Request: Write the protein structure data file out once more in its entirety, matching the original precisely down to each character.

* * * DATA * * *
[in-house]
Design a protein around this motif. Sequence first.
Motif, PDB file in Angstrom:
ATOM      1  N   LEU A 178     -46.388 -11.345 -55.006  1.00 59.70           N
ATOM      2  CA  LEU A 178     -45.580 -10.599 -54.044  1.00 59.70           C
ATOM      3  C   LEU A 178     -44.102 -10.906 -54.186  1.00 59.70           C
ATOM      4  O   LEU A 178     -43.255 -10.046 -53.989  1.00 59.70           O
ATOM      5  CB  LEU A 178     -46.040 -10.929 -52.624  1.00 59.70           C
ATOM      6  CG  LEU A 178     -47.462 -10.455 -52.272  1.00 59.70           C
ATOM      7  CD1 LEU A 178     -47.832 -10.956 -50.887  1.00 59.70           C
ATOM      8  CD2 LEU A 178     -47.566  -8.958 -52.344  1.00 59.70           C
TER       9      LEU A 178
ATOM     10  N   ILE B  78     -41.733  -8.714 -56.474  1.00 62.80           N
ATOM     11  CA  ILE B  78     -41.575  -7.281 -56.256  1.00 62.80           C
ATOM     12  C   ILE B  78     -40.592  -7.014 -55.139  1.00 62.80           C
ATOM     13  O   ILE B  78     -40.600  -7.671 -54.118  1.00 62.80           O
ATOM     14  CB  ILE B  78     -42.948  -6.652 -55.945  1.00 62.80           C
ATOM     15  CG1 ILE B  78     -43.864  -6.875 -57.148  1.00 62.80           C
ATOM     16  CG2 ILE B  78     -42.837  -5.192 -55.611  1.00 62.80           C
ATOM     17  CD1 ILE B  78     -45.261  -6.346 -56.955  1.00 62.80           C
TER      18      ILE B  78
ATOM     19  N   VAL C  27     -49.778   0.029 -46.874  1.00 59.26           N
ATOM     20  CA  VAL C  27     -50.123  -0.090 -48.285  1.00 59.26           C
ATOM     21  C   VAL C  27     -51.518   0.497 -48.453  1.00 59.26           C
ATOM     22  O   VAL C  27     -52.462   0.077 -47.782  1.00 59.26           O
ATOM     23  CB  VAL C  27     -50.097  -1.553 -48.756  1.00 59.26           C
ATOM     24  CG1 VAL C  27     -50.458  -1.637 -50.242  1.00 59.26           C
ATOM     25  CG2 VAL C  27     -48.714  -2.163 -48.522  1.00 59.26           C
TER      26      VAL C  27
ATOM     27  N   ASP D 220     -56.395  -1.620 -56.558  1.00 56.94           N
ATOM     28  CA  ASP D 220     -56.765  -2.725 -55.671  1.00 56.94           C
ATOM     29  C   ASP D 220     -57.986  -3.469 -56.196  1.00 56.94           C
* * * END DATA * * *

[in-house]
Design a protein around this motif. Sequence first.
Motif, PDB file in Angstrom:
ATOM      1  N   LEU A 178     -46.388 -11.345 -55.006  1.00 59.70           N
ATOM      2  CA  LEU A 178     -45.580 -10.599 -54.044  1.00 59.70           C
ATOM      3  C   LEU A 178     -44.102 -10.906 -54.186  1.00 59.70           C
ATOM      4  O   LEU A 178     -43.255 -10.046 -53.989  1.00 59.70           O
ATOM      5  CB  LEU A 178     -46.040 -10.929 -52.624  1.00 59.70           C
ATOM      6  CG  LEU A 178     -47.462 -10.455 -52.272  1.00 59.70           C
ATOM      7  CD1 LEU A 178     -47.832 -10.956 -50.887  1.00 59.70           C
ATOM      8  CD2 LEU A 178     -47.566  -8.958 -52.344  1.00 59.70           C
TER       9      LEU A 178
ATOM     10  N   ILE B  78     -41.733  -8.714 -56.474  1.00 62.80           N
ATOM     11  CA  ILE B  78     -41.575  -7.281 -56.256  1.00 62.80           C
ATOM     12  C   ILE B  78     -40.592  -7.014 -55.139  1.00 62.80           C
ATOM     13  O   ILE B  78     -40.600  -7.671 -54.118  1.00 62.80           O
ATOM     14  CB  ILE B  78     -42.948  -6.652 -55.945  1.00 62.80           C
ATOM     15  CG1 ILE B  78     -43.864  -6.875 -57.148  1.00 62.80           C
ATOM     16  CG2 ILE B  78     -42.837  -5.192 -55.611  1.00 62.80           C
ATOM     17  CD1 ILE B  78     -45.261  -6.346 -56.955  1.00 62.80           C
TER      18      ILE B  78
ATOM     19  N   VAL C  27     -49.778   0.029 -46.874  1.00 59.26           N
ATOM     20  CA  VAL C  27     -50.123  -0.090 -48.285  1.00 59.26           C
ATOM     21  C   VAL C  27     -51.518   0.497 -48.453  1.00 59.26           C
ATOM     22  O   VAL C  27     -52.462   0.077 -47.782  1.00 59.26           O
ATOM     23  CB  VAL C  27     -50.097  -1.553 -48.756  1.00 59.26           C
ATOM     24  CG1 VAL C  27     -50.458  -1.637 -50.242  1.00 59.26           C
ATOM     25  CG2 VAL C  27     -48.714  -2.163 -48.522  1.00 59.26           C
TER      26      VAL C  27
ATOM     27  N   ASP D 220     -56.395  -1.620 -56.558  1.00 56.94           N
ATOM     28  CA  ASP D 220     -56.765  -2.725 -55.671  1.00 56.94           C
ATOM     29  C   ASP D 220     -57.986  -3.469 -56.196  1.00 56.94           C